Find your hiring rhythm; we poach! — Kennedy Ekezie-Joseph, CEO at Kippa
"For most of our roles, we poach," Kennedy Ekezie-Joseph, CEO at Kippa. "Every company needs to find a hiring rhythm."
According to Kennedy, he and his co-founders believe that the team they build at the company will define how the company will grow. "We keep that at the back of our mind when talking to candidates," he added. "However, we are not afraid to admit when we make hiring mistakes."
Some of the things Kippa avoids are; "hiring people who are too junior or too senior," Kennedy stated. "The risk with 'too junior hires' is that they require too much hand-holding, which will task our in-house bandwidth. Meanwhile, 'too senior' may risk building processes that the organisation is not ready for."
According to Kennedy, while hiring at Kippa they try to avoid "credentialism". "It is very hard, all of us say it but we fall for it, it is appealing when people have fancy company and status on their resumes," he said. "We try to look beyond that, personality and culture fit matters to us."
Working with GenZs — Adeola Ayoola, CEO Famasi
Following the horrible workplace experiences that Famasi co-founders had, they set out to create a better environment when they started Famasi in 2021. "We work with a couple of entry-level talents and have had to provide internal and external training opportunities to upskill them," Adeola said.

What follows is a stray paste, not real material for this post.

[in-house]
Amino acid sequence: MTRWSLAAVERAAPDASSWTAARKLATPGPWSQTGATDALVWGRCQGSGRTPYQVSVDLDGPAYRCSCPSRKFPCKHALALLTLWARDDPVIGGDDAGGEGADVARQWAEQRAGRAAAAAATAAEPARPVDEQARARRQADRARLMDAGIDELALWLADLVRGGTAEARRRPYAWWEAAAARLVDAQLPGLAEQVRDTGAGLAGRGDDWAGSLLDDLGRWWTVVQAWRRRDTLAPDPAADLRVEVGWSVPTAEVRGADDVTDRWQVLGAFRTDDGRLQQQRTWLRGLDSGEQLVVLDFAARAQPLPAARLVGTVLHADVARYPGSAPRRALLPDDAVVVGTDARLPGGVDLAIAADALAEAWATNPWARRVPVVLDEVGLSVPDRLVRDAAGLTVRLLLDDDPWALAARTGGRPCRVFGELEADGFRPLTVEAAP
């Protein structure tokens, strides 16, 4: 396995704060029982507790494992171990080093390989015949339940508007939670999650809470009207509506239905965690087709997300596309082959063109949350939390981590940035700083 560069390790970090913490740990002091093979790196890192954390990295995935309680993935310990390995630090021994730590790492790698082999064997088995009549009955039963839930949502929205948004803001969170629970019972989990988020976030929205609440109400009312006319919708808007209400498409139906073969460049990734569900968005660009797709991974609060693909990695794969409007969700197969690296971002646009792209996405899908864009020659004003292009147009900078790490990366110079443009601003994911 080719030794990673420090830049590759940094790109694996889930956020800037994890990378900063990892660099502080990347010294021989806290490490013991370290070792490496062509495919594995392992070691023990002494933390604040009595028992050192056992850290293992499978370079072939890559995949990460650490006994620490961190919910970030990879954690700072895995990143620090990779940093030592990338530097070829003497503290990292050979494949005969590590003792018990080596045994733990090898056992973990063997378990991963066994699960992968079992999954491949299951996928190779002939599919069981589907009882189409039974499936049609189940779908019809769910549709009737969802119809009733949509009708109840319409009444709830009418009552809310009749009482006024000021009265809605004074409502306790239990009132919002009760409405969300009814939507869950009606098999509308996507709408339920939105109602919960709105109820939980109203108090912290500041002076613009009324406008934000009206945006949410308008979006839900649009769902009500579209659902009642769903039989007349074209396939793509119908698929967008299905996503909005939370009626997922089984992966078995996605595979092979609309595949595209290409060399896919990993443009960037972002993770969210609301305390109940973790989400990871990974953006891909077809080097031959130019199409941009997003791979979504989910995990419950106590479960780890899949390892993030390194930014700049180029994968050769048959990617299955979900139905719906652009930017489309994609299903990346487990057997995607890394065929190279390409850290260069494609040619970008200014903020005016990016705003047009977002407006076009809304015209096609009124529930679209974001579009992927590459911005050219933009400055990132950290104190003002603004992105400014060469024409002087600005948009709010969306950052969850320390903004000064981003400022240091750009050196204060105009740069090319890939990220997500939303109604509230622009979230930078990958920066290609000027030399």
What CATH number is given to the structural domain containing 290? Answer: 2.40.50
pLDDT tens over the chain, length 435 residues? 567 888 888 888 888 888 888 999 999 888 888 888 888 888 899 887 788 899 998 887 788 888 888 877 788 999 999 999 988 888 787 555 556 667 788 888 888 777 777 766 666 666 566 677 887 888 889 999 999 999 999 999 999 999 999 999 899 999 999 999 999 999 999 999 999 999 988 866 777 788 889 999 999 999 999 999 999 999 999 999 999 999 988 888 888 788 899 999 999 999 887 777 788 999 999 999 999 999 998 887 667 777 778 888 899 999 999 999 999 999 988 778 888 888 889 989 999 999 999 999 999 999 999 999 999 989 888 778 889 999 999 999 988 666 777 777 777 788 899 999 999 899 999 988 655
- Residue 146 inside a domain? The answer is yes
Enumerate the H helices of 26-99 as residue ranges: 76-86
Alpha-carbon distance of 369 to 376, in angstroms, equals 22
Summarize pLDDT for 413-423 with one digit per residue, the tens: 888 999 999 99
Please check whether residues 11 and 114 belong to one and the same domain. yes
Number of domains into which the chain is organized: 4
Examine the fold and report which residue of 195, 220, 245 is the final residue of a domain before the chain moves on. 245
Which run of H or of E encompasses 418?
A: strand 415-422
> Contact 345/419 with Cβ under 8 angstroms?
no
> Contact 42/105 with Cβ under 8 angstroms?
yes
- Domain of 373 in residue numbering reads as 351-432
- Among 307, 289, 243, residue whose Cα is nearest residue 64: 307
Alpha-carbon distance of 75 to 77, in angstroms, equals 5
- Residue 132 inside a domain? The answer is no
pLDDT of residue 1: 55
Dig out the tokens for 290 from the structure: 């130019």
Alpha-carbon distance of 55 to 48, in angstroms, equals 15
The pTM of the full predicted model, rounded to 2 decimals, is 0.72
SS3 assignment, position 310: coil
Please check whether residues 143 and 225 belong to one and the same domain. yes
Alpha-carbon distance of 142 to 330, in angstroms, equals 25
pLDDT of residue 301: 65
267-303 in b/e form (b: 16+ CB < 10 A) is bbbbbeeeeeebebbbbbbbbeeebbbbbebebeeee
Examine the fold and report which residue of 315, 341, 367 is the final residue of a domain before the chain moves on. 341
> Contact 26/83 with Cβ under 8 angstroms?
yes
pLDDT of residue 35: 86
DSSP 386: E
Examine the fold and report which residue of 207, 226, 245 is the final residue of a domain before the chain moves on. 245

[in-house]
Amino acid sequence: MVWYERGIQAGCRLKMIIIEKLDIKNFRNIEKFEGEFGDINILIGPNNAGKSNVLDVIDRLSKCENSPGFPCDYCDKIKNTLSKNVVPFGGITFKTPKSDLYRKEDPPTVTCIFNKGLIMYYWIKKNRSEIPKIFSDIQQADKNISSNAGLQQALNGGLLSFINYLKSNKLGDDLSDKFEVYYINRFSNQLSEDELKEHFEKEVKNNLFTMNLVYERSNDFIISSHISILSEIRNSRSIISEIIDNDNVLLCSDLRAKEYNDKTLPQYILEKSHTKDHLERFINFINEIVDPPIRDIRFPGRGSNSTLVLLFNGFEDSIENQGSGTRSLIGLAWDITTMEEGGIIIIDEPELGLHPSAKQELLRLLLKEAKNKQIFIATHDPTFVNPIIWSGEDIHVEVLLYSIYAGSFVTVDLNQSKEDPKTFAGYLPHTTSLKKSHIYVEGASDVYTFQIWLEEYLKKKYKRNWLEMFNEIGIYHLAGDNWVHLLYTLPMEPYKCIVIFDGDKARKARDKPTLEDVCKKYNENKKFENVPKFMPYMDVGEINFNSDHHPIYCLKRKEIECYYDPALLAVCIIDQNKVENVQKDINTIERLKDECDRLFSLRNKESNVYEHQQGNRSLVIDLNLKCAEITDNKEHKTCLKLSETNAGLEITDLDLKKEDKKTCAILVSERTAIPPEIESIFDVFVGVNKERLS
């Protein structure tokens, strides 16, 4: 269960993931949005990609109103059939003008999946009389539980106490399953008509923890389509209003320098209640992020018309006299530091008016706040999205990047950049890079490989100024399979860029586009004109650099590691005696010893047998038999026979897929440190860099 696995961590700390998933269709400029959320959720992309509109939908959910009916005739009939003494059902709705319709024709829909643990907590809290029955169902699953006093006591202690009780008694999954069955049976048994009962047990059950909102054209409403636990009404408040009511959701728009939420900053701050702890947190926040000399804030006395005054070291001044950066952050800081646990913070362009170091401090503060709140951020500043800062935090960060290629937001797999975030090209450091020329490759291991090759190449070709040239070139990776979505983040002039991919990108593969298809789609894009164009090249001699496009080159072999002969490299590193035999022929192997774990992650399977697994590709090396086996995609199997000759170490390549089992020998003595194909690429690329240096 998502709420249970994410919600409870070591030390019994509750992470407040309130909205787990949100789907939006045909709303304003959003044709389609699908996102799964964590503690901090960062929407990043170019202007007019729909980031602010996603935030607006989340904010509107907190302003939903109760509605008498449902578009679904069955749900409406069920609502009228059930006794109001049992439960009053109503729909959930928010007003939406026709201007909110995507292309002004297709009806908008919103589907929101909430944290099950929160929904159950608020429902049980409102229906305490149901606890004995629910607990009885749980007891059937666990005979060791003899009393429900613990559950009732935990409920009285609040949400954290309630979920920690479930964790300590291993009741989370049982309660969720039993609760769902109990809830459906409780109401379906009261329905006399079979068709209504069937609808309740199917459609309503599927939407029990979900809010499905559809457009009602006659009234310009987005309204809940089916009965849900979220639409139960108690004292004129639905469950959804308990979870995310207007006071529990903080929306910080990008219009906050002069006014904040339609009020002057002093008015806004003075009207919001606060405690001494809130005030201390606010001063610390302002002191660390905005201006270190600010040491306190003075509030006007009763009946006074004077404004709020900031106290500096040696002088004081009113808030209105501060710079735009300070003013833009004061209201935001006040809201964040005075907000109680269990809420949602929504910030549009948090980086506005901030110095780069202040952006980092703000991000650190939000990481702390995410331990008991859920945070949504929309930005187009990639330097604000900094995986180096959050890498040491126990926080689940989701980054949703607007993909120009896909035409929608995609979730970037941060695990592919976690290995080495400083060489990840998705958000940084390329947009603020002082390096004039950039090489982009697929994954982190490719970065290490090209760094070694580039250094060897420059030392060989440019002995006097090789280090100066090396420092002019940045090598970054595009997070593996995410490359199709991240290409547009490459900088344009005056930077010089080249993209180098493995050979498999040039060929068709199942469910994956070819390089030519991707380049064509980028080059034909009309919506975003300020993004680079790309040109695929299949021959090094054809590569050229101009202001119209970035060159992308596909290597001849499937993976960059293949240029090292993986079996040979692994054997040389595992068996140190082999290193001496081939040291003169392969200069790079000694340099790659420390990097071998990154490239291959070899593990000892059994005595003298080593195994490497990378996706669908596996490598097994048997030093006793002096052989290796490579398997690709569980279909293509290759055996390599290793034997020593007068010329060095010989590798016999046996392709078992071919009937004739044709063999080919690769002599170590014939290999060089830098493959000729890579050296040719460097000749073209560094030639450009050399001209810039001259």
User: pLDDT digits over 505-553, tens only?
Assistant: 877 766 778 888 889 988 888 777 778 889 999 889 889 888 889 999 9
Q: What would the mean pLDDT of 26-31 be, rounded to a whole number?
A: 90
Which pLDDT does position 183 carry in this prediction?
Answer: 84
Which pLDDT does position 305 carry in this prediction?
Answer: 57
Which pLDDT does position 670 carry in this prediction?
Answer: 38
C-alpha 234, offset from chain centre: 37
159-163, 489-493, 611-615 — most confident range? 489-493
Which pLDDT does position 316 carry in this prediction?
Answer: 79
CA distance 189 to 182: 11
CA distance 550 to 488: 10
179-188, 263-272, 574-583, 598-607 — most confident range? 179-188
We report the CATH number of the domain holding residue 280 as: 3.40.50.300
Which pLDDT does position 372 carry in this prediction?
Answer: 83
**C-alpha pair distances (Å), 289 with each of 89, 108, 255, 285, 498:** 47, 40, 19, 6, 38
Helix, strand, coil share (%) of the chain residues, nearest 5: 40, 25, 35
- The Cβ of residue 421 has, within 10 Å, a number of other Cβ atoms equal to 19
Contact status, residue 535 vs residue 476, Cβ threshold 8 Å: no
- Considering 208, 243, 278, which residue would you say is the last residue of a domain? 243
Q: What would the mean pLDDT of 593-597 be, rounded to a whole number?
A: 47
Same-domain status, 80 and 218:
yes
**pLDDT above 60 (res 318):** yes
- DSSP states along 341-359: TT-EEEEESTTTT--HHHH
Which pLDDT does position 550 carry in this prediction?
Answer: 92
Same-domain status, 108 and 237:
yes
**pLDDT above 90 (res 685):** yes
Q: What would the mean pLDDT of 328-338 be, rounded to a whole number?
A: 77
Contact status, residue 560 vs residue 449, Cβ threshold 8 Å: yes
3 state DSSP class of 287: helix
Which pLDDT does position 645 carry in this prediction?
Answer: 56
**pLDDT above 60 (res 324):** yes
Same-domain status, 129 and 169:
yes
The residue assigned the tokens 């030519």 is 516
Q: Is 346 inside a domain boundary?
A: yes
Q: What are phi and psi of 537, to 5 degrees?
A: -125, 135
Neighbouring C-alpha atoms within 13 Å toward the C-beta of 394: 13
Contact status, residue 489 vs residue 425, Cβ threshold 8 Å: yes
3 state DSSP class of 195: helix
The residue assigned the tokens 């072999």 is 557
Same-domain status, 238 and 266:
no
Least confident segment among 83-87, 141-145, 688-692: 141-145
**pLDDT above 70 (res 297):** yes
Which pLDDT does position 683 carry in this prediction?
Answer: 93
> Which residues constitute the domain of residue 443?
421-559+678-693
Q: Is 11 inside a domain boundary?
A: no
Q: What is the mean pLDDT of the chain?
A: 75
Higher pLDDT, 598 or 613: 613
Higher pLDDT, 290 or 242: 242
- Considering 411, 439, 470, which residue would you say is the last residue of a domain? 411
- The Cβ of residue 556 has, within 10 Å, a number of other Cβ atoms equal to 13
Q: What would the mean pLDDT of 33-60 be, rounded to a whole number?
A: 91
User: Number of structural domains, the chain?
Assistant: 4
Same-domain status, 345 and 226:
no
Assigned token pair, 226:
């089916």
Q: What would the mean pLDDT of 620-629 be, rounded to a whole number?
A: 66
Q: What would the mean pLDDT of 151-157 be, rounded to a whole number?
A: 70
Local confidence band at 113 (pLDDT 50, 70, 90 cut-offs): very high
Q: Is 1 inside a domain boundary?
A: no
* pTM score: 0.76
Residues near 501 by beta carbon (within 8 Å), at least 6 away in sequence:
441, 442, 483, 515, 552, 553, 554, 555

To manage these talents which are mostly young people, she disclosed that they have had to hire mid-level and senior-level talents to serve as team leads. "There is the importance of the Gen Z energy, it comes with breaking the norms and experimenting with various ideas," she added.
Communication is key — Juliet Odumosu of Nguvu Health
Nguvu Health runs a fully remote team. According to Juliet, communication and periodic provisions of incentives help in "keeping [the team's] alive". With a team across different states in Nigeria, "we try to organise physical hangouts to provide the team an opportunity to meet with each other," She also said it is important to balance setting multiple meetings and allowing people time to do their work.
"We cannot be completely remote" — Ifeoluwa Dare-Johnson of Healthtracka
"In the beginning, there is a lot to figure out so you cannot run a completely remote team," Ifeoluwa Dare-Johnson, co-founder and CEO at HealthTtacka says. "Due to the nature of our operations, we work from Mondays to Sundays, however, we run shifts. All of these cannot be achieved without a team that is not passionate about healthcare."
Editor's Note: These interviews were slightly edited for clarity.